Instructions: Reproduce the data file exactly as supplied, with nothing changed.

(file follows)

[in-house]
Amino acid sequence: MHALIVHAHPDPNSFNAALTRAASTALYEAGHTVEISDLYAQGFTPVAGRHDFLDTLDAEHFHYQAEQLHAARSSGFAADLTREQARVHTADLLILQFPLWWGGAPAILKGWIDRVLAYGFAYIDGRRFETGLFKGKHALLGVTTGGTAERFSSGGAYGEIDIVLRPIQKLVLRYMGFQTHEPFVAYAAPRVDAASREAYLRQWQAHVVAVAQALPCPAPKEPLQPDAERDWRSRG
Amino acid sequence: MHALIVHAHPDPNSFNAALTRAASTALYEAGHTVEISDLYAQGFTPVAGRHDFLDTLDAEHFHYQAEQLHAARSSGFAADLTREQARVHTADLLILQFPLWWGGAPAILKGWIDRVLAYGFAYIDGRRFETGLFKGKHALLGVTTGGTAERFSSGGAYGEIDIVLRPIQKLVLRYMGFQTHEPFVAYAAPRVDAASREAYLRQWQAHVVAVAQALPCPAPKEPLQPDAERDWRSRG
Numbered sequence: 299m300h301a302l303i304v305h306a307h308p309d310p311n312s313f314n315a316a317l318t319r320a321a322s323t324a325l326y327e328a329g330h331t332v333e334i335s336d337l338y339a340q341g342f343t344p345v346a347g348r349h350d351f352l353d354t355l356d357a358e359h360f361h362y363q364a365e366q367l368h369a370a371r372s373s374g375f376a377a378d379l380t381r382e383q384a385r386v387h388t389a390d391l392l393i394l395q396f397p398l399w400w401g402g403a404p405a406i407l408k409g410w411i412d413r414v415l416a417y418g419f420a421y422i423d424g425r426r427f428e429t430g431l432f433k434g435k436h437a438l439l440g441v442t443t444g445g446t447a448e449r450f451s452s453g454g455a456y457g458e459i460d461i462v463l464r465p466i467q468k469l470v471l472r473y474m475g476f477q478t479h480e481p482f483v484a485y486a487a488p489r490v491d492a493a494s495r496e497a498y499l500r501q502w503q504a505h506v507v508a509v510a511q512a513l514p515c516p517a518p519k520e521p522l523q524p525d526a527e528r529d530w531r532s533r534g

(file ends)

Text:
[in-house]
Amino acid sequence: MHALIVHAHPDPNSFNAALTRAASTALYEAGHTVEISDLYAQGFTPVAGRHDFLDTLDAEHFHYQAEQLHAARSSGFAADLTREQARVHTADLLILQFPLWWGGAPAILKGWIDRVLAYGFAYIDGRRFETGLFKGKHALLGVTTGGTAERFSSGGAYGEIDIVLRPIQKLVLRYMGFQTHEPFVAYAAPRVDAASREAYLRQWQAHVVAVAQALPCPAPKEPLQPDAERDWRSRG
Amino acid sequence: MHALIVHAHPDPNSFNAALTRAASTALYEAGHTVEISDLYAQGFTPVAGRHDFLDTLDAEHFHYQAEQLHAARSSGFAADLTREQARVHTADLLILQFPLWWGGAPAILKGWIDRVLAYGFAYIDGRRFETGLFKGKHALLGVTTGGTAERFSSGGAYGEIDIVLRPIQKLVLRYMGFQTHEPFVAYAAPRVDAASREAYLRQWQAHVVAVAQALPCPAPKEPLQPDAERDWRSRG
Numbered sequence: 299m300h301a302l303i304v305h306a307h308p309d310p311n312s313f314n315a316a317l318t319r320a321a322s323t324a325l326y327e328a329g330h331t332v333e334i335s336d337l338y339a340q341g342f343t344p345v346a347g348r349h350d351f352l353d354t355l356d357a358e359h360f361h362y363q364a365e366q367l368h369a370a371r372s373s374g375f376a377a378d379l380t381r382e383q384a385r386v387h388t389a390d391l392l393i394l395q396f397p398l399w400w401g402g403a404p405a406i407l408k409g410w411i412d413r414v415l416a417y418g419f420a421y422i423d424g425r426r427f428e429t430g431l432f433k434g435k436h437a438l439l440g441v442t443t444g445g446t447a448e449r450f451s452s453g454g455a456y457g458e459i460d461i462v463l464r465p466i467q468k469l470v471l472r473y474m475g476f477q478t479h480e481p482f483v484a485y486a487a488p489r490v491d492a493a494s495r496e497a498y499l500r501q502w503q504a505h506v507v508a509v510a511q512a513l514p515c516p517a518p519k520e521p522l523q524p525d526a527e528r529d530w531r532s533r534g